The minimalist smartphones aren’t the problem, you are.

From The Verge, There’s no perfect minimalist phone — yet:

The Jelly’s other big drawback is battery life: there is none. The phone lost almost 20 percent of its juice within 15 minutes as I downloaded four apps. At an 83 percent charge, the phone told me that I has just over four hours of life left, and even that turned out to be overly-optimistic. Eventually, I learned to carry around an external battery pack with me just to make it through the day. I’d never felt less minimalist.

None of these minimalist phones are the problem. Michael Zelenko's mindset is the problem. He's downloading multiple apps to his baby phone. You haven't quit your drug, Zelenko. The point is not to use apps. I believe there is market for phones like these but this isn't the review they deserve.

Then he gives the Nokia 3310 a try:

Open these up and you’ll be banished to the mid-2000s, moving a clunky mouse cursor up and down with an old school direction pad. It took me 10 minutes to pull up Twitter and complete my two-factor authentication, only to accidentally leave the web client and be faced with embarking on the process all over again. I gave up. The apps are so hard to use they may as well be nonexistent, which suited my purposes just fine.

Hey guess what? They have these things called smartphones with big, super-high resolution screens and predictive QWERTY keyboards, and apps, and bigger batteries. Stop trying to put a Toyota Corolla on the racetrack.

I deleted my Facebook account back in March. What I didn't do after deleting my account was go out and look for a Facebook replacement. I deleted it because it was creating unnecessary noise in my life. I immediately felt lighter without my Facebook account.

I will agree with Zelenko that all these phones have usability issues, but those issues are fixable.

If you're debating whether to ditch your iPhone or Android phone, I'd first recommend what I've done as a first step and see how much it helps. I've turned off the majority of notifications on my iPhone. Email and Messages are the only apps that have the badge app icon enabled for unread message counts. My calendar app (I use Timepage) is the only app allowed to use pop-up banners for upcoming events. I've muted Instagram, LinkedIn, Twitter, YouTube, Waze, and every other app on my phone bothering me.

I've taught my smartphone baby not to interrupt daddy when he's in the middle of doing shit and it's been working out great for the last 3-4 years.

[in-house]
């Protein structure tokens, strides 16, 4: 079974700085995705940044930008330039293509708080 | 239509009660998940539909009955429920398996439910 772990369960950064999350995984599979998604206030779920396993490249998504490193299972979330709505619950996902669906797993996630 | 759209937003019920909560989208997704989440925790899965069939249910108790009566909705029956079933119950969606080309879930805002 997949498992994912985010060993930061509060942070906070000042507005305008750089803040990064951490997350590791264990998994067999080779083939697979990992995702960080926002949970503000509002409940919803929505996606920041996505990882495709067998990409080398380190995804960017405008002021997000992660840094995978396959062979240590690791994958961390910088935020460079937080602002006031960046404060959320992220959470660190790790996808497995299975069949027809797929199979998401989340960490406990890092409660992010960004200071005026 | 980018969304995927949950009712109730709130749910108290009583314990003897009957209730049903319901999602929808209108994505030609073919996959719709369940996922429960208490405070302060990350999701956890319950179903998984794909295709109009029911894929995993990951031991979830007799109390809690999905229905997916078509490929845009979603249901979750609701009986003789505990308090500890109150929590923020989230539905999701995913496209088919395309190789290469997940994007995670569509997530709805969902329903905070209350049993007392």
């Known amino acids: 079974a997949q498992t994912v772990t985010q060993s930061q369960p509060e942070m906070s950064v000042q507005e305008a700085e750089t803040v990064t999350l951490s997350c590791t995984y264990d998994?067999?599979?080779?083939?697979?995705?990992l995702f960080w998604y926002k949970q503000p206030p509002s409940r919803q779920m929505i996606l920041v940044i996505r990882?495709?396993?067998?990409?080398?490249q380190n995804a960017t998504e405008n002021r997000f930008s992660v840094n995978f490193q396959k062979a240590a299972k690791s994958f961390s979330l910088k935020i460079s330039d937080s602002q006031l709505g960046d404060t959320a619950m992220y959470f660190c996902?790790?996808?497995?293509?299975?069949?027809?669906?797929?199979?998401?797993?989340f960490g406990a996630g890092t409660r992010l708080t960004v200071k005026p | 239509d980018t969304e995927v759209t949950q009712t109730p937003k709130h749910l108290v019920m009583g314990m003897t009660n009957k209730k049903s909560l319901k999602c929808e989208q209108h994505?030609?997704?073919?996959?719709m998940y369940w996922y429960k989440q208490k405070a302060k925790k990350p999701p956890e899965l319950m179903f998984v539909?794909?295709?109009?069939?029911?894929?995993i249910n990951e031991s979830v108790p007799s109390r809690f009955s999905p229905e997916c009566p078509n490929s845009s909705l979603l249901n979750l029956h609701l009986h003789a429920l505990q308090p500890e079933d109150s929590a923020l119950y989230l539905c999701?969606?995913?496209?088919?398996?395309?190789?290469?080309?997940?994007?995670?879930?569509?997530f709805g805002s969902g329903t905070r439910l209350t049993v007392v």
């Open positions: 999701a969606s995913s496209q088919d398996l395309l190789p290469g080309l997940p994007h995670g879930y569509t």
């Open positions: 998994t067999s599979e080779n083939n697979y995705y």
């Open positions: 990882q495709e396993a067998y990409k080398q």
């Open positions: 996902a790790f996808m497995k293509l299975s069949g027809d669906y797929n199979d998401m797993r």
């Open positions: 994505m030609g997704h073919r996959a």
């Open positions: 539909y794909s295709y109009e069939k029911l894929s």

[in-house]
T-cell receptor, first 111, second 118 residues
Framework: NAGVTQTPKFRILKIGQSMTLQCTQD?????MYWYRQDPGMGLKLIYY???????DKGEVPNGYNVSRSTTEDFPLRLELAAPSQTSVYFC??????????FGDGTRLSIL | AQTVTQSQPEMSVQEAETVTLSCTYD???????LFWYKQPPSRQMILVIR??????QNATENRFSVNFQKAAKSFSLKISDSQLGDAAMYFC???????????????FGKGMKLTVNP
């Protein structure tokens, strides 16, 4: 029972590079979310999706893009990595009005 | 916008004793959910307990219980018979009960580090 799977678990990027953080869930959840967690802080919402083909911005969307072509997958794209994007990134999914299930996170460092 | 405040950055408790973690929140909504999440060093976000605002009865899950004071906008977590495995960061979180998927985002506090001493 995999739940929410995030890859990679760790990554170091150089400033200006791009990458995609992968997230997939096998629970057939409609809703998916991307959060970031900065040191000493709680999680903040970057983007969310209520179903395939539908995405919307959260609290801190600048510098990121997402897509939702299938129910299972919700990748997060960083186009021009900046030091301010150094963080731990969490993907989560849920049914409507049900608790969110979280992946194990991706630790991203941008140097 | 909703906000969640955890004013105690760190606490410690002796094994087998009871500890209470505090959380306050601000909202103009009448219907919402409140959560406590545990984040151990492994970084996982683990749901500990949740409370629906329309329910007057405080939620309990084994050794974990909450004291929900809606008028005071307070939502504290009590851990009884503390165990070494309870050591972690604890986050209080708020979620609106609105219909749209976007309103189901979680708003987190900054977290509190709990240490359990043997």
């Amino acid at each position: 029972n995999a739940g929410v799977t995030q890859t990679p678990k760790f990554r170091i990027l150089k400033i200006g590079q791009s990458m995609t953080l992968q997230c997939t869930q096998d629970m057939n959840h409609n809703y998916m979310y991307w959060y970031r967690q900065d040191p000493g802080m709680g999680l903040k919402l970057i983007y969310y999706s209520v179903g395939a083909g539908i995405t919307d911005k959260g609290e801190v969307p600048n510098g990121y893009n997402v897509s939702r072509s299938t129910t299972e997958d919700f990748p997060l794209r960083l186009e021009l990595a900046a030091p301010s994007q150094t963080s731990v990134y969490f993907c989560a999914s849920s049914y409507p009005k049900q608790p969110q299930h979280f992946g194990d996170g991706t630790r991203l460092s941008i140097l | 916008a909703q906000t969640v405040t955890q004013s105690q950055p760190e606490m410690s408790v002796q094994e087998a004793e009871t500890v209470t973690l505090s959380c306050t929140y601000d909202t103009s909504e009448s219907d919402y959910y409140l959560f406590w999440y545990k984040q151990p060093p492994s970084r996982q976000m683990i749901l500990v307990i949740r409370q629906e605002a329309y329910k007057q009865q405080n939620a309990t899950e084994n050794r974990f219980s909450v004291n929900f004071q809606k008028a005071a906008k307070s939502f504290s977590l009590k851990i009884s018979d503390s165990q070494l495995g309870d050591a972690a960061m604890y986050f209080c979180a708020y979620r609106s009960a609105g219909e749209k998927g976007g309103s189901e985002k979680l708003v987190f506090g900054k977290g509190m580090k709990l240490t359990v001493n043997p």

Blloc

Blloc is a plain and minimalistic smartphone combining a power saving operating system with efficient hardware and an easy to use messaging platform, it’s built to be the perfect communication and productivity tool that you can rely on every day.

Blloc is one of those products that seems like an awesome idea in the brainstorming room, but once executed finds very few actual customers who are willing to drop cash on it. The last phone I said this about was Google's Project Ara back in 2014. Two years later Project Ara was scrapped.

I might be wrong. Blloc might find a niche, but the platform war is over. Google and Apple won and I see no way Microsoft can get back in the game.

Oh yeah, one more thing: no demonstration video? Suspect.

Categories:

Mobility, Product

The Mature Smartphone Market

The end of smartphone innovation:

This autumn Apple will release a new iPhone design, and the fact that it postponed a new design and kept the 6 design for three years instead of two suggests it has something that will attract attention. However, it will really still 'just' be another iPhone. Meanwhile, we have some indications that Apple is working on AR glasses (of which more later) and certainly was working on a car project - but neither of these is likely to see a mass-market consumer release for a year or two at the least (cars perhaps longer). So, expect a lot more 'innovation dead at Apple!' stories.

This is paralleled at Android, I think: the new developer release of version 'O' has lots of good work and solid worthy stuff, but nothing world changing. Again, the cry will go up, "innovation is dead!"

Evans is skeptical on voice being the next hot tech. He's more bullish on augmented reality (AR).

It seems like only yesterday the iPhone was released, but in reality it debuted 10 years ago this past January. The smartphone market is mature, so everyone is anxious about what comes next.